(voice-over): Like during COVID, he says, masks were mandatory. Women would only be wearing hijab or masks and they will continue their work.
He seems to say that if women wear this they can go to work. But the dress code (INAUDIBLE) like saying female university students must now wear black not colored headscarves is an escalating war of nerves and everyone fears where this will lead.
Back at TOLONews, these female anchors are distraught.
What should we do, cries Tahmina. We don't know. We were ready to fight to the last to perform our work but they don't allow us.
We women have been taken hostage says, Hila (ph). Women can't get themselves educated or work, like me, who's worked on screen for years and couldn't leave Afghanistan. Due to the fear of the Taliban, I can't go on screen again.
Since the Taliban takeover the station's employs even more women than before because they need a safe space. And as for the actual journalism, TOLONews is Afghanistan's leading independent news channel. But Direct Sapai says they'll all quit the day the Taliban pressures them to tailor their coverage or lie to a public that's come to trust the truth they've been delivering over 20 years.
He saved the station so far recruiting a whole new staff after most employees fled the Taliban's arrival.
SAPAI: And from management level, I've stood alone. I was only thinking how to keep the screen alive, not to go dark.
AMANPOUR (voice-over): The challenge now is keeping it from going dark.
Christiane Amanpour, CNN, Kabul, Afghanistan.
(END VIDEO TAPE)
TAPPER: And our thanks to Christiane Amanpour reporting for us from Kabul, Afghanistan.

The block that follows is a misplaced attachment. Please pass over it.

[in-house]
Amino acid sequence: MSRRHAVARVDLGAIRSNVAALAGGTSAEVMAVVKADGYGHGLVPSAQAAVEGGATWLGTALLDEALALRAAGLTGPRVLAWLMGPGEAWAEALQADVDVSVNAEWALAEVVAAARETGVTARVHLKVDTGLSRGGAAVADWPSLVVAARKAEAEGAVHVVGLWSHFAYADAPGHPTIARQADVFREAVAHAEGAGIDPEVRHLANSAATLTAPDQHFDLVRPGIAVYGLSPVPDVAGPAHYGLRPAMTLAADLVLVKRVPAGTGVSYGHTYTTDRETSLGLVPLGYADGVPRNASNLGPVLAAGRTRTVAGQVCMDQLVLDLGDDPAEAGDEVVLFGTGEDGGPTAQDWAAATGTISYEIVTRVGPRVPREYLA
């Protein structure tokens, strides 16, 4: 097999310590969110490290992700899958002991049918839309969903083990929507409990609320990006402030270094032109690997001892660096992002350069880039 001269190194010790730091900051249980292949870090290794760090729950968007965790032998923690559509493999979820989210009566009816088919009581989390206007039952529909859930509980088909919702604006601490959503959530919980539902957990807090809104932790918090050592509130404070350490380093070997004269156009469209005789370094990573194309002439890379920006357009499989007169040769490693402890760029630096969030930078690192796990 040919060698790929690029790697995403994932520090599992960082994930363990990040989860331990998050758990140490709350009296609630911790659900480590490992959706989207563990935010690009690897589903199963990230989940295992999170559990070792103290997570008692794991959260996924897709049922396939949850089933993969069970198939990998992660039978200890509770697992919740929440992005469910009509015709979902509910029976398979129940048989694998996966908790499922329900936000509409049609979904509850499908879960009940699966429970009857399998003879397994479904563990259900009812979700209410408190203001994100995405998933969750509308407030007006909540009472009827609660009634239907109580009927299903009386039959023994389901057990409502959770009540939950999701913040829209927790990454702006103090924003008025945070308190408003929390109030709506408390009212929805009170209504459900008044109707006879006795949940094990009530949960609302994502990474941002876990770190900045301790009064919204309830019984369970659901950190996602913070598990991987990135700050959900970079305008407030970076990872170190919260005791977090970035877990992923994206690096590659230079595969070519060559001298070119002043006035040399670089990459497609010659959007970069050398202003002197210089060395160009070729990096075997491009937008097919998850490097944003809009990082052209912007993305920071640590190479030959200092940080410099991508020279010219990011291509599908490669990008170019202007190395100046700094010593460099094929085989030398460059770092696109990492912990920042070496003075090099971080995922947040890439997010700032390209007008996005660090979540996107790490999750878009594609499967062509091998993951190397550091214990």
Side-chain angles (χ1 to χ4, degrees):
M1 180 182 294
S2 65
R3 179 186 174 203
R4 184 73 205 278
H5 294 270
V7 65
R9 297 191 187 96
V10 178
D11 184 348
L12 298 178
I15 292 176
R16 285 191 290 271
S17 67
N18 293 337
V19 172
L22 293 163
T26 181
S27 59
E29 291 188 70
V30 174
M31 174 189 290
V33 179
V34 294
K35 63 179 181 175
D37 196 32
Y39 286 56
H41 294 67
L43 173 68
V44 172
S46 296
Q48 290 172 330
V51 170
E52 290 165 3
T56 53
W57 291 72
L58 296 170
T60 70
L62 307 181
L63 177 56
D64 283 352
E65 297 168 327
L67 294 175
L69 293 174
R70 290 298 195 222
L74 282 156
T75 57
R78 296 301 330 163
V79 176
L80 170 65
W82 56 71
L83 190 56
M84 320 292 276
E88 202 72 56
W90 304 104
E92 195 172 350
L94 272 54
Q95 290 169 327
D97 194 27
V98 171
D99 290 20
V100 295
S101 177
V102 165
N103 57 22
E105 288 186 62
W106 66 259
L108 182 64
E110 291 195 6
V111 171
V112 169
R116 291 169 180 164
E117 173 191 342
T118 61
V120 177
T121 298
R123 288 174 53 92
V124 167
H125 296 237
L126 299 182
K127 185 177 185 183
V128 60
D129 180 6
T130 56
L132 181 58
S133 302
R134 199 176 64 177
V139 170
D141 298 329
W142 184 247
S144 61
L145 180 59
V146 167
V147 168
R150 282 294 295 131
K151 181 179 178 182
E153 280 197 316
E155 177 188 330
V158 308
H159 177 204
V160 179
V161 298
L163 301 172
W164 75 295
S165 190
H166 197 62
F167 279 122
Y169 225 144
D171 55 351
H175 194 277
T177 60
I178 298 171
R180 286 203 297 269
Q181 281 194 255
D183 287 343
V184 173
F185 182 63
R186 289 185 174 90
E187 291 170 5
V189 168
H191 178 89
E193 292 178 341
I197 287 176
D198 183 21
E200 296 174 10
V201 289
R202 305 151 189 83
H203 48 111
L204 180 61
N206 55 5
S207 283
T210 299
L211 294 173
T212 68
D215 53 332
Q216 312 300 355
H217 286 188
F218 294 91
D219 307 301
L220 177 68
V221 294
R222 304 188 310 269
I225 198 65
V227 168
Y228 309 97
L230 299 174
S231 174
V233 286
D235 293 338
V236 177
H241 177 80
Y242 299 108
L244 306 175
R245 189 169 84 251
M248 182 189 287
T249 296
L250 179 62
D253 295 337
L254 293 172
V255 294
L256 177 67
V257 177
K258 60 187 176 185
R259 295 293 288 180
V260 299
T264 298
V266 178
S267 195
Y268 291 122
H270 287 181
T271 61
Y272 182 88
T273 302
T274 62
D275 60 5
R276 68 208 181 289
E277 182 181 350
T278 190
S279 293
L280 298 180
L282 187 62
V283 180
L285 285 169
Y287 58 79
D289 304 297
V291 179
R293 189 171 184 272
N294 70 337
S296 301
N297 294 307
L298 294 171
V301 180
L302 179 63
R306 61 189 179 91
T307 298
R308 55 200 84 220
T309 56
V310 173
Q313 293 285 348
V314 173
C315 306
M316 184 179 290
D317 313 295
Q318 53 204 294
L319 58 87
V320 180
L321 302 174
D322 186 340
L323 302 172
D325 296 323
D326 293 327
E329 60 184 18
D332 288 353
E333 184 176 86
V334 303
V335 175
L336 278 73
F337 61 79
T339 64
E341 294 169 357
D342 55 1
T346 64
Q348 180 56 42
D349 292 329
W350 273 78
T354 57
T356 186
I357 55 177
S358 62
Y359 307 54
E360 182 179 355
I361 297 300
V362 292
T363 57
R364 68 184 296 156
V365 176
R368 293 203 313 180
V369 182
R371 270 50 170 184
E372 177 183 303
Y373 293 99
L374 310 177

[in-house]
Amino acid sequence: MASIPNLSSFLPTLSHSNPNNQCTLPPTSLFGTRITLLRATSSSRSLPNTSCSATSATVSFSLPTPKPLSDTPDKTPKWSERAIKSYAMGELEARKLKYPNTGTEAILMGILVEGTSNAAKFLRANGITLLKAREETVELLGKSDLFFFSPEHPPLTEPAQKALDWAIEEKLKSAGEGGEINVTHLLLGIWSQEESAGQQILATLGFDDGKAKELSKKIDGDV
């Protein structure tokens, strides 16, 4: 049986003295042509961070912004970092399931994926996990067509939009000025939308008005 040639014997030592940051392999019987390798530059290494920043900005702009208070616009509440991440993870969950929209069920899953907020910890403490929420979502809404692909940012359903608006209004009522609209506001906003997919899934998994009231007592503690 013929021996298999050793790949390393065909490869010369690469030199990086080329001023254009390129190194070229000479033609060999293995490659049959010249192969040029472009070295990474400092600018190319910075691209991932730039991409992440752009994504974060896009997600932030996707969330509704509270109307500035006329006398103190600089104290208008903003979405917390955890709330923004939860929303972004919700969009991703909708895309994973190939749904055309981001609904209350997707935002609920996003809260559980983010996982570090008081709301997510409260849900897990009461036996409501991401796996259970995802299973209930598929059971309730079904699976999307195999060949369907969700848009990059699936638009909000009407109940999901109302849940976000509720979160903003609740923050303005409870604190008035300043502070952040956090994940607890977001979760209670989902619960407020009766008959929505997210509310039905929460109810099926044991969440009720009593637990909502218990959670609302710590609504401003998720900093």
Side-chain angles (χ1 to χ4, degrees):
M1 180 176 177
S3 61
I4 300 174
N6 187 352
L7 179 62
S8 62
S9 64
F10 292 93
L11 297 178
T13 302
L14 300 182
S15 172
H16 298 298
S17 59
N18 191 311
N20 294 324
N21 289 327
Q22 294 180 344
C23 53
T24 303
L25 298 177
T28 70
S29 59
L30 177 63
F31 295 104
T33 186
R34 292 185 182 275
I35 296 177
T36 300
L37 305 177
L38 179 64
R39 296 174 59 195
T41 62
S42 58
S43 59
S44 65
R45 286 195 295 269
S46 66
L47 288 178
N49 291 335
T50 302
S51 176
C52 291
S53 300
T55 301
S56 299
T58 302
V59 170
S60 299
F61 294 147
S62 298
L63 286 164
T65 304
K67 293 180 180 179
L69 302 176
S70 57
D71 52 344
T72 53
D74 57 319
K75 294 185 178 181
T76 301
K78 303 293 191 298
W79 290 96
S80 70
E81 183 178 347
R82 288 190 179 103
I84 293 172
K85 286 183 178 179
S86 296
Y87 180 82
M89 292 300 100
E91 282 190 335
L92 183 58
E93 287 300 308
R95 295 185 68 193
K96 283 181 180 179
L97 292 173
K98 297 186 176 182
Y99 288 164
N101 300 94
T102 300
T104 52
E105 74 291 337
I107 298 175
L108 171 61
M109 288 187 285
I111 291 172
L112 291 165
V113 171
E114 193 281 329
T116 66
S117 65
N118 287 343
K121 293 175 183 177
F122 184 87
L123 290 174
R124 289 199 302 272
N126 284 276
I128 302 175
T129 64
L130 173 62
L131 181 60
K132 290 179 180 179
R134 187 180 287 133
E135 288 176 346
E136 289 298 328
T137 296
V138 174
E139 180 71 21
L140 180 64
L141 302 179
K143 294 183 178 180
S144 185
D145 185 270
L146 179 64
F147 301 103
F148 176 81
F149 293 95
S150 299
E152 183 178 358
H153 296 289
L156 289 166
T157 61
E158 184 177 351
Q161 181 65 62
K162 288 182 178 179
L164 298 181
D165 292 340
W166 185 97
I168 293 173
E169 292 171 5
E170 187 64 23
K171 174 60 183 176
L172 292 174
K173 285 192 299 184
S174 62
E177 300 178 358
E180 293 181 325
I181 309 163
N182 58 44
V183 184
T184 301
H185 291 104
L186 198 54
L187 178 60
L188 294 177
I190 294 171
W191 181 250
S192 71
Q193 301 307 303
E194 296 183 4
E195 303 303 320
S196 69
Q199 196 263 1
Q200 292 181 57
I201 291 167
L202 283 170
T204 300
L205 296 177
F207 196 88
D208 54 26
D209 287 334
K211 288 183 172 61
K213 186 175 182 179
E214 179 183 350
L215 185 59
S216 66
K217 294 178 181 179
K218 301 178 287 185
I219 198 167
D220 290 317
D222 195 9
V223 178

While parents are searching everywhere for formula to try to feed their hungry babies, the FDA chief is focusing on another aspect of the recall. Stay with us.
TAPPER: In our health lead the Biden administration invoking the Defense Production Act in hopes of alleviating the dire shortage of infant formula across the country. A senior administration official telling CNN that there are active and ongoing conversations with companies about how the emergency measure will be deployed. Officials have cautioned this is not a magic wand. As CNN's Manu Raju reports, this all comes as lawmakers share new outrage over the handling of the crisis.
(BEGIN VIDEO TAPE)
MANU RAJU, CNN CHIEF CONGRESSIONAL CORRESPONDENT (voice-over): Everyone in Washington is angry about the nationwide shortage of baby formula.
UNIDENTIFIED FEMALE: No one did well. Nobody responded with adequate urgency
RAJU (voice-over): And lawmakers are getting an earful back home.
SEN. MARTIN HEINRICH (D-NM): I'm hearing concerns that it's hard to find formula. And anybody who's been a parent knows what a, you know, what a panic that puts parents in.
RAJU (voice-over): The shortage stemming from a shutdown and an Abbott plant in Michigan, severely disrupting the supply chain given that Abbott is one of just four companies controlling most of the U.S. market.
SEN. JOE MANCHIN (D-WV): What we should be doing is blaming the system why we love the monopoly to occur why this has happened.
RAJU (voice-over): As the crisis has compounded, President Biden invoked the Defense Production Act ordering suppliers to provide resources to manufacturers and allowing the use of Defense Department aircraft to pick up formula produced overseas since 98 percent of baby food consumed by Americans is made in the U.S. It's a move that even some Democrats wished had been employed sooner.